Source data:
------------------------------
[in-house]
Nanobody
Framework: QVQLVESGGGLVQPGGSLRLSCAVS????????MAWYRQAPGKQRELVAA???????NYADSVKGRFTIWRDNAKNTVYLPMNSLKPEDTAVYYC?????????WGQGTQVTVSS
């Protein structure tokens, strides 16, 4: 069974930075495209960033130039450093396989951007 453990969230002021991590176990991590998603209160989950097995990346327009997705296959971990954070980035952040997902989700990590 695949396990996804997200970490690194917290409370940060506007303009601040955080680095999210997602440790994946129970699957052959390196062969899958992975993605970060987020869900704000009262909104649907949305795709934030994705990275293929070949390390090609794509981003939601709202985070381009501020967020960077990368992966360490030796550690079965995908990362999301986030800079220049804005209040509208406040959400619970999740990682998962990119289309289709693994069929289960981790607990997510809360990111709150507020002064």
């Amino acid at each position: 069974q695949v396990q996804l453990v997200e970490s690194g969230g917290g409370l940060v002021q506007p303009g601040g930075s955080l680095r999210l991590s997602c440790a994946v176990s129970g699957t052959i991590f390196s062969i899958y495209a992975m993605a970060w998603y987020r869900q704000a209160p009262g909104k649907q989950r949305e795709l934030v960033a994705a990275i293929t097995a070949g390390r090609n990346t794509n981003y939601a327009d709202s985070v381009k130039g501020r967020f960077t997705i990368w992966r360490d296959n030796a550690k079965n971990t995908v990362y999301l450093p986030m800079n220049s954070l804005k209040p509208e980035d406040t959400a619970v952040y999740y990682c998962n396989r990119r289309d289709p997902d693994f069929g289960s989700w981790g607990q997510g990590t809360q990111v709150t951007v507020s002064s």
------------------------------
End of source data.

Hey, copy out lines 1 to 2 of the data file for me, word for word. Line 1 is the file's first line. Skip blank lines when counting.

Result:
[in-house]
Nanobody